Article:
Microsoft have recently added support for R to their Visual Studio 2015 development environment. R is a programming language for statistical and graphical programming that is widely used by statisticians and data miners.
To use R with Visual Studio, you need to download and install R Tools for Visual Studio and Microsoft R Open. These will work fine with the Community Edition of Visual Studio 2015. In addition to support for R, R Tools for Visual Studio adds a debugger and Intellisense, as well as support for multi-threading and cluster computing.
It would be useful if R was able to interface with other active applications, for example with COM. Unfortunately at the moment, R Tools for Visual Studio does not add any ability in this area. There is the RDCOMClient package from Omegahat. Unfortunately the documentation and installation instructions are old, incomplete, or simply wrong. The source code is also available, but I could not get it to build.
I did manage to eventually get it to install with R Tools for Visual Studio, using the following two lines:
Very simple! Omegahat’s own installation instructions do not work because they refer to their own repository. However, the standard CRAN repository works just fine.
Here are some usage examples, working with Excel:
library("devtools") library("RDCOMClient") # Create/Connect to the Excel.Application COM server excel <- COMCreate("Excel.Application") # Properties are accessed using [[ ]] notation excel[["Visible"]] <- TRUE # Methods are called using the $fn( ) notation workbook <- excel[["Workbooks"]]$Add(1) worksheet <- workbook[["Worksheets"]]$Add() worksheet[["Name"]] <- "R Generated Sheet" # Fetch a cell reference, and write a string to it cell11 <- worksheet$Range("A1") cell11[["Value"]] <- "Hello" # Create some test data data_vector <- c(1, 2, 3, 4, 5, 6) data_matrix <- matrix(1:20,byrow=TRUE, nrow=5, ncol=4) # Vectors are written as columns # The following fills two columns with the vector data_vector rv <- worksheet$Range(worksheet$Cells(2, 1), worksheet$Cells(7, 2)) rv[["Value"]] <- asCOMArray(data_vector) # The following writes a 2d matrix rm <- worksheet$Range(worksheet$Cells(2, 5+0), worksheet$Cells(6, 5+3)) rm[["Value"]] <- asCOMArray(data_matrix) # Fetching a single value rngv <- worksheet$Cells(3, 6) val1 <- rngv[["Value"]] print("Value of cell 3,6:") print(val1) # Fetching a matrix: note we need to reformat the results into the required shape rngmm <- worksheet$Range(worksheet$Cells(2, 5 + 0), worksheet$Cells(6, 5 + 3)) mt_raw <- rngmm[["Value"]] mt <- matrix(unlist(mt),ncol=4, byrow = TRUE) print("Matrix:") print( mt)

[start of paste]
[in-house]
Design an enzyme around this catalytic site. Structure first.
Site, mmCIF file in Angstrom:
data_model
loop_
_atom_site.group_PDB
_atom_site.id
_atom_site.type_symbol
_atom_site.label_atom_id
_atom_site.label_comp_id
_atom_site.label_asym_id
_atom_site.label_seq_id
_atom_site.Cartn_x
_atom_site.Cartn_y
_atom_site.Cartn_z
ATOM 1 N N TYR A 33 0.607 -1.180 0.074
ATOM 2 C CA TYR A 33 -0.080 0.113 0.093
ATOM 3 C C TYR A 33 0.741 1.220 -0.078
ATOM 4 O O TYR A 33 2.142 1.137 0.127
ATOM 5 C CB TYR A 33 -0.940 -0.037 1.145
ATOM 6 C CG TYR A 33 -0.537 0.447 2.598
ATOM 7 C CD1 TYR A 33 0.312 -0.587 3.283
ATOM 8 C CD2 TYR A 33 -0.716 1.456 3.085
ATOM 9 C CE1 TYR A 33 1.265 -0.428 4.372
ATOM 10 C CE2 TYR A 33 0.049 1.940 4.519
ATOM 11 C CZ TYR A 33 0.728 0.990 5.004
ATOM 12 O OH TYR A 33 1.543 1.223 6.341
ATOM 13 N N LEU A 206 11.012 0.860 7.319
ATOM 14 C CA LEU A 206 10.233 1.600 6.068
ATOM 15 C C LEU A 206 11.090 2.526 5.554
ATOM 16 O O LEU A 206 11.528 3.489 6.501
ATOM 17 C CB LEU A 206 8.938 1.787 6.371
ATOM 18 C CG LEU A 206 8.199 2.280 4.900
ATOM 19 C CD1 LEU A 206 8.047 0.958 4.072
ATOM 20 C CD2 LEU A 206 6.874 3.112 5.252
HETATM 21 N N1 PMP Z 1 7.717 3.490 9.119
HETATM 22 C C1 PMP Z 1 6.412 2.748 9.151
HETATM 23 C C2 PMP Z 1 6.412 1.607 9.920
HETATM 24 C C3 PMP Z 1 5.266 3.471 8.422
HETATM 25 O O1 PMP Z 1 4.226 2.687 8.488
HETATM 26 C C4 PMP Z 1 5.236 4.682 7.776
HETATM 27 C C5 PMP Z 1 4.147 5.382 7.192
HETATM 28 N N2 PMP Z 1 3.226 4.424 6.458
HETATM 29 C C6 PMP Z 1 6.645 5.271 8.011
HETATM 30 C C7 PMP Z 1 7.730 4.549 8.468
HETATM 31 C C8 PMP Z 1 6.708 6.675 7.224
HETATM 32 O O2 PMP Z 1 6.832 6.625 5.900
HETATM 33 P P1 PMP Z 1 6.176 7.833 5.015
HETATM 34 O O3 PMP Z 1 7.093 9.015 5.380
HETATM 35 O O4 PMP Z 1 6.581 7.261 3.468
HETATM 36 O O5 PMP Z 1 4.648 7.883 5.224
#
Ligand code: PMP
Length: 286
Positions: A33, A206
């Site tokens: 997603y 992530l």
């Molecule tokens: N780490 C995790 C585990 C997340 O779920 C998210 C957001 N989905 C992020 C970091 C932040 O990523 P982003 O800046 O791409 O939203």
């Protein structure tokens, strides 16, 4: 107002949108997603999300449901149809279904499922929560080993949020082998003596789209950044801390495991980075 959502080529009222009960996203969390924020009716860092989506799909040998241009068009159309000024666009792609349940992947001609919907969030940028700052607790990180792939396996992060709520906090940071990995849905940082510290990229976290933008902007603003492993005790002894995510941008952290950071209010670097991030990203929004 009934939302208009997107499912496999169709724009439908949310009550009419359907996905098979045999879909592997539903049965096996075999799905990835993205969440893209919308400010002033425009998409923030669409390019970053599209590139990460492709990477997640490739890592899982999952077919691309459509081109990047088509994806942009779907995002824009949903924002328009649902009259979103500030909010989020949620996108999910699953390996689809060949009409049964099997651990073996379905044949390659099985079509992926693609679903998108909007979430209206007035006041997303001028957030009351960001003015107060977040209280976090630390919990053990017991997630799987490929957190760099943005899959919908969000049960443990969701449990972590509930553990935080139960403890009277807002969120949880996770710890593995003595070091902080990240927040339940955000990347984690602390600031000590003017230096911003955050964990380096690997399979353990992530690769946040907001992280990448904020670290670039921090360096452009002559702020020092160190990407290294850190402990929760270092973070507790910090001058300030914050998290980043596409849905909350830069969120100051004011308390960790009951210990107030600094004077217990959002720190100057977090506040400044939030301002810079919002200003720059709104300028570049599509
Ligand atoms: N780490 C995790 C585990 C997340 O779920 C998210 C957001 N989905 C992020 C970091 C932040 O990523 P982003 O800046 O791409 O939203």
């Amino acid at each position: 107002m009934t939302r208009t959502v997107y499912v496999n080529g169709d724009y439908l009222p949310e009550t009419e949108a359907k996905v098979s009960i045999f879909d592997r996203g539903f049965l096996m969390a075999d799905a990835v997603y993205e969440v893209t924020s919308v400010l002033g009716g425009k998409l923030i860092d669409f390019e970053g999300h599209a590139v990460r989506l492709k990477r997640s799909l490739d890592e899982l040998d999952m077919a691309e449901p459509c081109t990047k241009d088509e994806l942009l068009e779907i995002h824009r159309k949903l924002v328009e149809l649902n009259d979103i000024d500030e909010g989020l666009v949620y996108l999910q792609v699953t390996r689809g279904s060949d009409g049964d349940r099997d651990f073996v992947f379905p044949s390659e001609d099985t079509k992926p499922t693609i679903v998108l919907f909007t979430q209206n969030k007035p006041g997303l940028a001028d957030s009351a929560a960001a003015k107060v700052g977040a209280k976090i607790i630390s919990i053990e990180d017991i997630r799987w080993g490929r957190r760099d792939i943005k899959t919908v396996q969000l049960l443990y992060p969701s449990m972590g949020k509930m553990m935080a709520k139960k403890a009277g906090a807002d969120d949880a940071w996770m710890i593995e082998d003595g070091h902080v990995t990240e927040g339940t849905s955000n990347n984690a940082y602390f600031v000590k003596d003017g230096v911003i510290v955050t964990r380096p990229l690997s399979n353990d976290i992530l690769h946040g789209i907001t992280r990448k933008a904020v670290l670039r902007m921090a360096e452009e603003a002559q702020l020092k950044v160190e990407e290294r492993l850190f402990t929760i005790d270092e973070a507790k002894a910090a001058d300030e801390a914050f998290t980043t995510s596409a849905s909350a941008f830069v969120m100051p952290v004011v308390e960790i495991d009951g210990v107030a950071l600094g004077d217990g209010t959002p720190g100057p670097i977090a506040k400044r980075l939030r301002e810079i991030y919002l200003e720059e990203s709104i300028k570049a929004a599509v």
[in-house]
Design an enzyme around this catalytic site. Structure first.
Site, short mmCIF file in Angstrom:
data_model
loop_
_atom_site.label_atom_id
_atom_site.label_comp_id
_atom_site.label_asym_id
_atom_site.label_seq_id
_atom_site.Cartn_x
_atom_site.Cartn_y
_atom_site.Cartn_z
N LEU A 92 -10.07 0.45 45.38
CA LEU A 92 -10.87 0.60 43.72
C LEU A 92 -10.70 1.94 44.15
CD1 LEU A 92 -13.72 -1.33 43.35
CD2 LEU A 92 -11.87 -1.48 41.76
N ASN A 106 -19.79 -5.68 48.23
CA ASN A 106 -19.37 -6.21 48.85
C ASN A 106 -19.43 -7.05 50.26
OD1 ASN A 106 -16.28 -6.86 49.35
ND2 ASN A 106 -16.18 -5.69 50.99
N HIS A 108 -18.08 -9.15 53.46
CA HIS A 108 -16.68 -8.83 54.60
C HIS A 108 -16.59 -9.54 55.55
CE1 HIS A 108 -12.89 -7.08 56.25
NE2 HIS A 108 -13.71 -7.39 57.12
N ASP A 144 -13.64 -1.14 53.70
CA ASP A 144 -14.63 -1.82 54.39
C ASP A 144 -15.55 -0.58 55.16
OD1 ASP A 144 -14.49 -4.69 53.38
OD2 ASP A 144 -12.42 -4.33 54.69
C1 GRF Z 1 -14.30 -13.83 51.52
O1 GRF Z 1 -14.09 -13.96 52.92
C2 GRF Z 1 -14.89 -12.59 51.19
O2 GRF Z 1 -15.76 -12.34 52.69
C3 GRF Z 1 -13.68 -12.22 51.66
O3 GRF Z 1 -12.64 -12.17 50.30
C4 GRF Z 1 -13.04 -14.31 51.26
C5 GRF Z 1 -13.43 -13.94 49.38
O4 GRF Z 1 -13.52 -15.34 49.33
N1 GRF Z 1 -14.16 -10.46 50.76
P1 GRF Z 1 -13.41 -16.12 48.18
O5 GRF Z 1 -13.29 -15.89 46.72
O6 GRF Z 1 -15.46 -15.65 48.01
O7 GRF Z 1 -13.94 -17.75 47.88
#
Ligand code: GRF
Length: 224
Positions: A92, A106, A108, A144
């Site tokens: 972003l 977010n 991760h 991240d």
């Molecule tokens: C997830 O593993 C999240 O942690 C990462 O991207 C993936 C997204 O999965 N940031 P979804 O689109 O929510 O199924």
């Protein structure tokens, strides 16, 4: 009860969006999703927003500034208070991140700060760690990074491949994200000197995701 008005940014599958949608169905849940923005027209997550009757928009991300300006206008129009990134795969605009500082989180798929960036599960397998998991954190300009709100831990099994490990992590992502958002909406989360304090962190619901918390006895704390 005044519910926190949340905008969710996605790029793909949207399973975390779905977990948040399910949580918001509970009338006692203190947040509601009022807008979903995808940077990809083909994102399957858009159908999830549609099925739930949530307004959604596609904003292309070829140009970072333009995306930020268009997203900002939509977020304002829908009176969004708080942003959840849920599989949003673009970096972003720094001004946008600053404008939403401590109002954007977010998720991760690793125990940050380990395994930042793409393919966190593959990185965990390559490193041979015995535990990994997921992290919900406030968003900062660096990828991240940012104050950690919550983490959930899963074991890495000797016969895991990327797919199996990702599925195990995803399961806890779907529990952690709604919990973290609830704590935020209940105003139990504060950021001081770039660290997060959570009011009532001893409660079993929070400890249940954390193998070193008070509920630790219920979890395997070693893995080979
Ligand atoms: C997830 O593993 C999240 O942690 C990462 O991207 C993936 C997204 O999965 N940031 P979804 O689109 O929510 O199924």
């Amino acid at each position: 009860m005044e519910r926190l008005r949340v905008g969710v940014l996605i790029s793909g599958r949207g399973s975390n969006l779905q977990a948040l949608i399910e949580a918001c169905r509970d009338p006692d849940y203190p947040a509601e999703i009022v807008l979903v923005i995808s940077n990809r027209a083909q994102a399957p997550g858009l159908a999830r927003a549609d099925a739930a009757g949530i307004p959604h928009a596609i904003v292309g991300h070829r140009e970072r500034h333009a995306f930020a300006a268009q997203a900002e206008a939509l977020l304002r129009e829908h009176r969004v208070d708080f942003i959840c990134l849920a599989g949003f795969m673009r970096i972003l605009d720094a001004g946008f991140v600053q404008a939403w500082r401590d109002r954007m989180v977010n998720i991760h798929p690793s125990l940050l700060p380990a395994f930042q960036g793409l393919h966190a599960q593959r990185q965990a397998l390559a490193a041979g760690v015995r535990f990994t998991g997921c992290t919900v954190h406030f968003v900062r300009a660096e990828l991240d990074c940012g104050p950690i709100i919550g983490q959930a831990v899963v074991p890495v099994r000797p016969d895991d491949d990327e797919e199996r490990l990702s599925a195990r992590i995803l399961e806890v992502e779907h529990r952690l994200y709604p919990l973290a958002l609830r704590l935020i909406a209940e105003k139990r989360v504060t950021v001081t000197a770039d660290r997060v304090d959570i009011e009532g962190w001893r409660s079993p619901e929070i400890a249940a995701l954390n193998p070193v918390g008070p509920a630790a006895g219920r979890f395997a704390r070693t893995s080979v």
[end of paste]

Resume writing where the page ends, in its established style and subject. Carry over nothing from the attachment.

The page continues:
The excel.link package is available specifically for Excel communication, and should be more convenient. However, Excel makes a useful demonstration of RDCOMClient’s COM interface.
The following documentation is also available:
- Using COM facilities in R; A tutorial from the Dept. of Statistics at UC Davis.
- Functions from RDCOMClient package; RDRR.IO R Documentation Repository
The RDCOMServer package can be used if you wish to create COM server objects within R. External applications can then call these. For example, you might want to encapsulate a data analysis routine in a COM server that other applications can then call.
The article, Statistically Valid Interpolation with R, uses RDCOMClient along with the sp and gstat packages to krige input point data (Ogwalla aquifer depths) in R and then use it to create a gridded layer in Caliper Maptitude.